It appears the Rabbit R1 AI gadget is merely an Android app

Since its launch last week, Rabbit’s R1 AI gadget has sparked numerous questions, primarily revolving around why it isn’t simply an app. Mishaal Rahman from Android Authority also had the question and did some digging, and it appears it actually is just an app.

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Rahman managed to get his hands on Rabbit’s launcher APK and installed it on a Google Pixel 6A. With a bit of tinkering, he got the app up and running, mimicking the experience of using Rabbit’s dedicated device. By using the volume-up key in lieu of the R1’s hardware button, Rahman successfully set up an account and started interacting with it, similar to using the $199 R1.

However, Rahman noted that the app may not offer all the functionalities of the R1 device. He mentioned, “the Rabbit R1’s launcher app is intended to be preinstalled in the firmware and be granted several privileged, system-level permissions — only some of which we were able to grant — so some of the functions would likely fail if we tried.” Nonetheless, the fact that the software functions on a midrange phone from almost two years ago implies that it shares similarities with a standard Android app.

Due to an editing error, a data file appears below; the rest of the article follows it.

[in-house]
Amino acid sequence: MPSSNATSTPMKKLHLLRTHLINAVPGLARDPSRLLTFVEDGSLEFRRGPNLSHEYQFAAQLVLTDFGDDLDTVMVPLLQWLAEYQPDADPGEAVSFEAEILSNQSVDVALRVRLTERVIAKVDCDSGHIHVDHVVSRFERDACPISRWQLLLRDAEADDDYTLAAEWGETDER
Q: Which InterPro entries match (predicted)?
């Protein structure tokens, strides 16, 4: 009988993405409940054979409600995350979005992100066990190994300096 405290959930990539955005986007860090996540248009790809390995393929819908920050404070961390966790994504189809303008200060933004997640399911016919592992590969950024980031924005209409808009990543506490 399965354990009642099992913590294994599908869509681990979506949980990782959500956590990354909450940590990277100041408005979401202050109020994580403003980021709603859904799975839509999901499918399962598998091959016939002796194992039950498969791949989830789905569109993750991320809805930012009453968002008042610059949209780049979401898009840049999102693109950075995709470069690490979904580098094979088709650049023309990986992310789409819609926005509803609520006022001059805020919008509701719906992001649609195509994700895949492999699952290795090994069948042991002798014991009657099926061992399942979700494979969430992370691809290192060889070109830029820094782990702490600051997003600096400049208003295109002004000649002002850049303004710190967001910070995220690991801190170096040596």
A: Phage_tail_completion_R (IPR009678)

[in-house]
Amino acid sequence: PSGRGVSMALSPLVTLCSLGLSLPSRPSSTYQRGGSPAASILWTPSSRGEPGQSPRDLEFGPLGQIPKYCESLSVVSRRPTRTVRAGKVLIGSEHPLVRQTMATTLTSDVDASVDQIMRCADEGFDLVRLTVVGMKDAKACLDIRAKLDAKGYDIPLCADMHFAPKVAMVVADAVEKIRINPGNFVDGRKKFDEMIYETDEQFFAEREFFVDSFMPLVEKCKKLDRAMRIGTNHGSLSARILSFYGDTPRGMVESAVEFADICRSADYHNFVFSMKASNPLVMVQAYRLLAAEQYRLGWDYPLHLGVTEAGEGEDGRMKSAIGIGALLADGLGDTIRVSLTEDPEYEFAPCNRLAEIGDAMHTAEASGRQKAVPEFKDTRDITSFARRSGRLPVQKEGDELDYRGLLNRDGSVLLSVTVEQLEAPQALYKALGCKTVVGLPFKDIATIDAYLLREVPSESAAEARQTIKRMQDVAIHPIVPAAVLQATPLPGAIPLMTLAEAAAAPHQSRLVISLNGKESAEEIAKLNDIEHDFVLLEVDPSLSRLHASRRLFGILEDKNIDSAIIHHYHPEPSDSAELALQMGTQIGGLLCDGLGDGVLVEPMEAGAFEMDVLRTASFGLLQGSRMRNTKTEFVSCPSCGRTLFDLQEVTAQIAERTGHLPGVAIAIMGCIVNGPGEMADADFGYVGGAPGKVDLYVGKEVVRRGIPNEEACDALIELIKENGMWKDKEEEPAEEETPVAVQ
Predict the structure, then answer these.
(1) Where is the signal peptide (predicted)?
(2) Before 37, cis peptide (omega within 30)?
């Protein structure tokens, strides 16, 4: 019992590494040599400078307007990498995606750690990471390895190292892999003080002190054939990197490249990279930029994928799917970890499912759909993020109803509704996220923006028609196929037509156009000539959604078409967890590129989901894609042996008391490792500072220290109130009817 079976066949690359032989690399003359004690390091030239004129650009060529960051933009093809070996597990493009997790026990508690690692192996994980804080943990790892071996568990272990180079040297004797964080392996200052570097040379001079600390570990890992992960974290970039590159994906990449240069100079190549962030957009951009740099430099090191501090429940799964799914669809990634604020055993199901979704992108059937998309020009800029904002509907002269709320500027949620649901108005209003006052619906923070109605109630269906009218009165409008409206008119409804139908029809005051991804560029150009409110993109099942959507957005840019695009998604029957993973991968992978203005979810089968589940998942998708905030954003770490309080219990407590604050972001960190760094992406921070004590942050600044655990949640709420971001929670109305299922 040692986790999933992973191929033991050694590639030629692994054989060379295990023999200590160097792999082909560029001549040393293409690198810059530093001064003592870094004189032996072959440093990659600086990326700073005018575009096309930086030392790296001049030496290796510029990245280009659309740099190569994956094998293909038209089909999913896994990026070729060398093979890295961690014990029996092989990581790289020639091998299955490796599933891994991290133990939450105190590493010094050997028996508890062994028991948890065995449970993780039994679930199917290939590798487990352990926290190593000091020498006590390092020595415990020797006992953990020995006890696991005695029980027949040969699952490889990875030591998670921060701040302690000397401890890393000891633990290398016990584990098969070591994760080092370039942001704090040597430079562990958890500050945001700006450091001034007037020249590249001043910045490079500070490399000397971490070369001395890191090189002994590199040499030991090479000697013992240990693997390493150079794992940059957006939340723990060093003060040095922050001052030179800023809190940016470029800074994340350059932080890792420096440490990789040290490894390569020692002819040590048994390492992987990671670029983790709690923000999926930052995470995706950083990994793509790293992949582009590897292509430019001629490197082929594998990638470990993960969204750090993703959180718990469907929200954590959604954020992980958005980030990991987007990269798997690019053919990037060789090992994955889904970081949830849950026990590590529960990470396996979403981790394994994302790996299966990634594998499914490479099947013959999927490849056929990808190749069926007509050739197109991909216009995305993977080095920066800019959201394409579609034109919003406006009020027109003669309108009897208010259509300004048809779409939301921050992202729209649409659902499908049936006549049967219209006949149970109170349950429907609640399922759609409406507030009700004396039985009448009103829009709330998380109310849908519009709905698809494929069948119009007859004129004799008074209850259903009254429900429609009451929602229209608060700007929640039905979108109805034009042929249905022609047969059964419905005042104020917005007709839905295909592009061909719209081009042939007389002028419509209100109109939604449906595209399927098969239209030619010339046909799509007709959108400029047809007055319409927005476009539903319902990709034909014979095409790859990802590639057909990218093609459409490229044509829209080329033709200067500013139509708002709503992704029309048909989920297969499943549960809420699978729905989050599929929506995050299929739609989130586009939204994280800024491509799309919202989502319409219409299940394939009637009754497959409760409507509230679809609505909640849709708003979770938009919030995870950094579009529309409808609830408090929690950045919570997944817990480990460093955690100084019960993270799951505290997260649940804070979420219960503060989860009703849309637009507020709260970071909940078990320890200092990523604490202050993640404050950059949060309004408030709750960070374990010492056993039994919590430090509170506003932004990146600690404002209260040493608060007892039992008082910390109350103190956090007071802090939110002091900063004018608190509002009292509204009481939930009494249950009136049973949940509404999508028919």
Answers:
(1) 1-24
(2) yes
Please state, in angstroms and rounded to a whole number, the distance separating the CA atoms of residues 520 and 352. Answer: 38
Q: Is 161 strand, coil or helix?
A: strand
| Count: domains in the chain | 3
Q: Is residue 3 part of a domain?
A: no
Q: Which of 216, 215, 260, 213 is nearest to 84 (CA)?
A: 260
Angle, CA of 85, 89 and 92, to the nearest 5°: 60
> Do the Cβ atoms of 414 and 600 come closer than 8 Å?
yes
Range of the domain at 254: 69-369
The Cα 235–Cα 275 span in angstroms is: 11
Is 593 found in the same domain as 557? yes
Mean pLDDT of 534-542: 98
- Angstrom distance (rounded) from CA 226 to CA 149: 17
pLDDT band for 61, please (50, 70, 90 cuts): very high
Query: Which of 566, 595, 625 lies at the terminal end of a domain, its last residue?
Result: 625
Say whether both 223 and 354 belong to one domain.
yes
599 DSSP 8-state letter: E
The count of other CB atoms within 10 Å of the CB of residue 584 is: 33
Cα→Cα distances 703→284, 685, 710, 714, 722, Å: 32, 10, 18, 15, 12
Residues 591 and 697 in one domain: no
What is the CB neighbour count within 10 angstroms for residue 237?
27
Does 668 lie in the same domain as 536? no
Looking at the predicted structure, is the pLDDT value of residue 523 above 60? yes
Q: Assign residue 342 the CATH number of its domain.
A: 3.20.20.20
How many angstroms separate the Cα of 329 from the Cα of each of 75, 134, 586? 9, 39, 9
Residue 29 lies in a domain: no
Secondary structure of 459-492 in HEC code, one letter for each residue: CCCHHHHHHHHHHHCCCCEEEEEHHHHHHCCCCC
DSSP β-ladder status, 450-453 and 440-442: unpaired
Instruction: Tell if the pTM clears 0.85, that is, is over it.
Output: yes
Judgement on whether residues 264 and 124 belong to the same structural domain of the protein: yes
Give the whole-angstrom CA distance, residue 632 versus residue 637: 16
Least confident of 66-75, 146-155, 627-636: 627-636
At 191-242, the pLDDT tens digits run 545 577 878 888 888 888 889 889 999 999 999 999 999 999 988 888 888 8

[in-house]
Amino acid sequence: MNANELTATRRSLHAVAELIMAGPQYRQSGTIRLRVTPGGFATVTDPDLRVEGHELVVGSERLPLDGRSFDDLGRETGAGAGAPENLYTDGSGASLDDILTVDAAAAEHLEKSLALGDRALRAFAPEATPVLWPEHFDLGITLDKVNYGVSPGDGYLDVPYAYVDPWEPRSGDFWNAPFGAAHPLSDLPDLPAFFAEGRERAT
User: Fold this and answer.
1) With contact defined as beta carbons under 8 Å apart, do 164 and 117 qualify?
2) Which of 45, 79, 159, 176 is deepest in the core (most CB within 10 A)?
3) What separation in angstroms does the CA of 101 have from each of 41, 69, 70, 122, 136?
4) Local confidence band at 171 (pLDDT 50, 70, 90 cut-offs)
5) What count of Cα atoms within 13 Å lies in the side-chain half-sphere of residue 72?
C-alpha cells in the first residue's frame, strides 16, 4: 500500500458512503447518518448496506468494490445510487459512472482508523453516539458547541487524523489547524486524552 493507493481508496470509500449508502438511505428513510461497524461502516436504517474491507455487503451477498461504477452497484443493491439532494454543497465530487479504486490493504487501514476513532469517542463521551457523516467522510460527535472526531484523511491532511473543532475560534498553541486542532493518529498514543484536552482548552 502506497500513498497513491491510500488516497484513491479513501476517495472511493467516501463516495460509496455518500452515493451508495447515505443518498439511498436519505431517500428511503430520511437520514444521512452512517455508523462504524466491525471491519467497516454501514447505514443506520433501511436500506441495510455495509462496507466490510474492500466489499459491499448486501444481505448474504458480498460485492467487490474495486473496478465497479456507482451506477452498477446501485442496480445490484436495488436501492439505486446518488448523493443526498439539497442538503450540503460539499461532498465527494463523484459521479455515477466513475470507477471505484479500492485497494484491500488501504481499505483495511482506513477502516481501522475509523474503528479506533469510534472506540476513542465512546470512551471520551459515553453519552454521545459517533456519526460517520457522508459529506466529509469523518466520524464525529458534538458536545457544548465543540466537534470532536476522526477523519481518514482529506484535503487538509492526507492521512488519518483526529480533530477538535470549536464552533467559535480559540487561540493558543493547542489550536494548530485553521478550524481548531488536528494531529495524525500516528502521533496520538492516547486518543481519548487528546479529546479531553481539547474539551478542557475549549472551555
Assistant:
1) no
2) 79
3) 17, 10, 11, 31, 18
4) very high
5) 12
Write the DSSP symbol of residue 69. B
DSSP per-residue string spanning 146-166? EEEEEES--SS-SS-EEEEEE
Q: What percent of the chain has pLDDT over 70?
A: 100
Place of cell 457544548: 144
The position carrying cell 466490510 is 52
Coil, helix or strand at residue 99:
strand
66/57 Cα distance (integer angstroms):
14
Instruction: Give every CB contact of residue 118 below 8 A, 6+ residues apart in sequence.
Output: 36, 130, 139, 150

Contrary to this view, Rabbit’s founder and CEO, Jesse Lyu, argues that the R1 is not merely an Android app. According to Lyu, “Rabbit R1 is not an Android app… rabbit OS and LAM run on the cloud with very bespoke AOSP and lower level firmware modifications, therefore a local bootleg APK without the proper OS and Cloud endpoints won’t be able to access our service. rabbit OS is customized for R1 and we do not support third-party clients.”

While Rabbit R1 is not the only device using a version of Android’s open-source software, it’s currently facing scrutiny as early reviews surface—and they’re less than stellar. Rabbit issued its first software update today to address various complaints, including a battery drain issue. Post-update, the battery performance during idle mode appears significantly improved.

However, the overarching concern remains that the R1 lacks sufficient utility to justify its existence when smartphones already fulfil similar functions. It seems that this AI gadget might have been better off as a simple app after all.